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Brazilian Archives of Biology and Technology

Print version ISSN 1516-8913On-line version ISSN 1678-4324

Braz. arch. biol. technol. vol.51 no.4 Curitiba June/Aug. 2008 



Short term fluctuations and succession trends in tropical floodplain vegetation measured by correspondence analysis



Anderson Medeiros dos SantosI,II,*; Sidinei Magela ThomazI

IUniversidade Estadual de Maringá; Bloco G-90; NUPELIA; Av. Colombo, 5790; 87020-900; Maringá - PR - Brasil
IIDepartamento de Biologia Geral; Universidade Estadual de Montes Claros - CCBS; Rua Rui Braga; Campus Darcy Ribeiro;; 39401-089; Montes Claros - MG - Brasil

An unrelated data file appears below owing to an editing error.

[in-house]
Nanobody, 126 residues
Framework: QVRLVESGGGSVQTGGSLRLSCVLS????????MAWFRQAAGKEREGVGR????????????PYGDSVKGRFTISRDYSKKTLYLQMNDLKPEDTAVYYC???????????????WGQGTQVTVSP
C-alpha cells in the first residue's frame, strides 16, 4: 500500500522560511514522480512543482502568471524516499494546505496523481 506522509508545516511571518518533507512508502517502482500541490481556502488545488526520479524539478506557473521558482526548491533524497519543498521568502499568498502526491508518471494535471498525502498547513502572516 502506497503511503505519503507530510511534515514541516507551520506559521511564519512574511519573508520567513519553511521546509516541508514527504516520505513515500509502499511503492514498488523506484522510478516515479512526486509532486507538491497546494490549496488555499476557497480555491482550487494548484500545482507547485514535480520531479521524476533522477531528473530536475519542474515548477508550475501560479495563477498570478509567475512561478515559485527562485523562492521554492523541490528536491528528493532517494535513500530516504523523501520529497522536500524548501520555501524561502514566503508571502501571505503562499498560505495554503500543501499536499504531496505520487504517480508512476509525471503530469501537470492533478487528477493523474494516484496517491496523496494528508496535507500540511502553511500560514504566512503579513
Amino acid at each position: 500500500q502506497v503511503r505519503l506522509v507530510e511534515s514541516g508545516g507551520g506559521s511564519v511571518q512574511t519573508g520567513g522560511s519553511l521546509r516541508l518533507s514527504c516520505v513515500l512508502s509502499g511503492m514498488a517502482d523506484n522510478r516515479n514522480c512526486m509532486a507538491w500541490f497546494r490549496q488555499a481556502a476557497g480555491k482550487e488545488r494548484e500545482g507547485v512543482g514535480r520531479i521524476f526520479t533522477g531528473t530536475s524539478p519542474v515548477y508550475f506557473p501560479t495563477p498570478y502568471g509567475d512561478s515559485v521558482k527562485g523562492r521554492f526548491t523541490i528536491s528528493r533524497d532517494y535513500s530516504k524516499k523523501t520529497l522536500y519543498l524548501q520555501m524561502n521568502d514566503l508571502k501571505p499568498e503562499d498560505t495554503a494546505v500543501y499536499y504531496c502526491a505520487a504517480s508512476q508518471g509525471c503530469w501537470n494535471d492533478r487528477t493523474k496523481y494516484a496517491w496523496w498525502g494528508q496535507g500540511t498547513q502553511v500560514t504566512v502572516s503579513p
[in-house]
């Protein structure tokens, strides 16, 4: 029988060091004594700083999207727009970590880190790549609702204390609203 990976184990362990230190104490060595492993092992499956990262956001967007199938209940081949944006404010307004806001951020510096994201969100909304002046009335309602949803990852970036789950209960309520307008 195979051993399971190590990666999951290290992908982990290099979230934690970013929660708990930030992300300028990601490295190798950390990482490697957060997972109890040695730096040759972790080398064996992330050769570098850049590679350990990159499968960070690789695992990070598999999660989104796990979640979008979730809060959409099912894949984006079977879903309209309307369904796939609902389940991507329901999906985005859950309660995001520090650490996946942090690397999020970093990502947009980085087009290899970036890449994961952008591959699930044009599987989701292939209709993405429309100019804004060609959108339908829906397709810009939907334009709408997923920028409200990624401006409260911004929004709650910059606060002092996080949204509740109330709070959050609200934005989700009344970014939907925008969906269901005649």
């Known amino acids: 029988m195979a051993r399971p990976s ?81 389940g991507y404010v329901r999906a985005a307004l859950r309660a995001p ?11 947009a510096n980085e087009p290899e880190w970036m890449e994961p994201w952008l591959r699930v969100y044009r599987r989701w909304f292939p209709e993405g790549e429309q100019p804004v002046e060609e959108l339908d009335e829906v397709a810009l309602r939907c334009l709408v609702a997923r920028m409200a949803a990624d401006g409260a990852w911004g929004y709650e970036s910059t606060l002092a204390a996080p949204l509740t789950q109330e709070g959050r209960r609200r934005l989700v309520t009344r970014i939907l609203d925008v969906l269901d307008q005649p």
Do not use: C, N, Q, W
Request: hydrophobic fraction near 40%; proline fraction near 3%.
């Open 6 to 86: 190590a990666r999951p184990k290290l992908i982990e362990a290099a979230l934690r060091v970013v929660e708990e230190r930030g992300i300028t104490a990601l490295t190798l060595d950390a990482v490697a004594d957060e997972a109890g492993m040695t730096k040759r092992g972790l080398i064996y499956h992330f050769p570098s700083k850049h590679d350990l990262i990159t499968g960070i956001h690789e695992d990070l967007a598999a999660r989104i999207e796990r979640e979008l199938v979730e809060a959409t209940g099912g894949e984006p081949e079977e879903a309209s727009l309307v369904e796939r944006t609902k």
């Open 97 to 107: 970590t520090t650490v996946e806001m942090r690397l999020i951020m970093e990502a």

The aim of this work was to study the aquatic macrophytes community development to distinguish the fluctuations from succession trends at different temporal and spatial scales in the Upper Paraná River floodplain. The samples were collected quarterly from May 2000 to March 2002 in seven lakes with different degrees of connectivity from the main river channel and analyzed by between-class correspondence analysis. It was difficult to establish any pattern of community development at local scale but at a higher level of organization, disconnected lakes were characterized by fluctuation of the floristic composition. Connected lakes showed a straight trajectory, indicating that succession was occurring at these sites. Probably the income of propagules and diaspores from the river into connected lakes was the driving force of the observed change in community composition.

Key words: Aquatic macrophytes, Correspondence Analysis, Paraná River, succession, tropical floodplain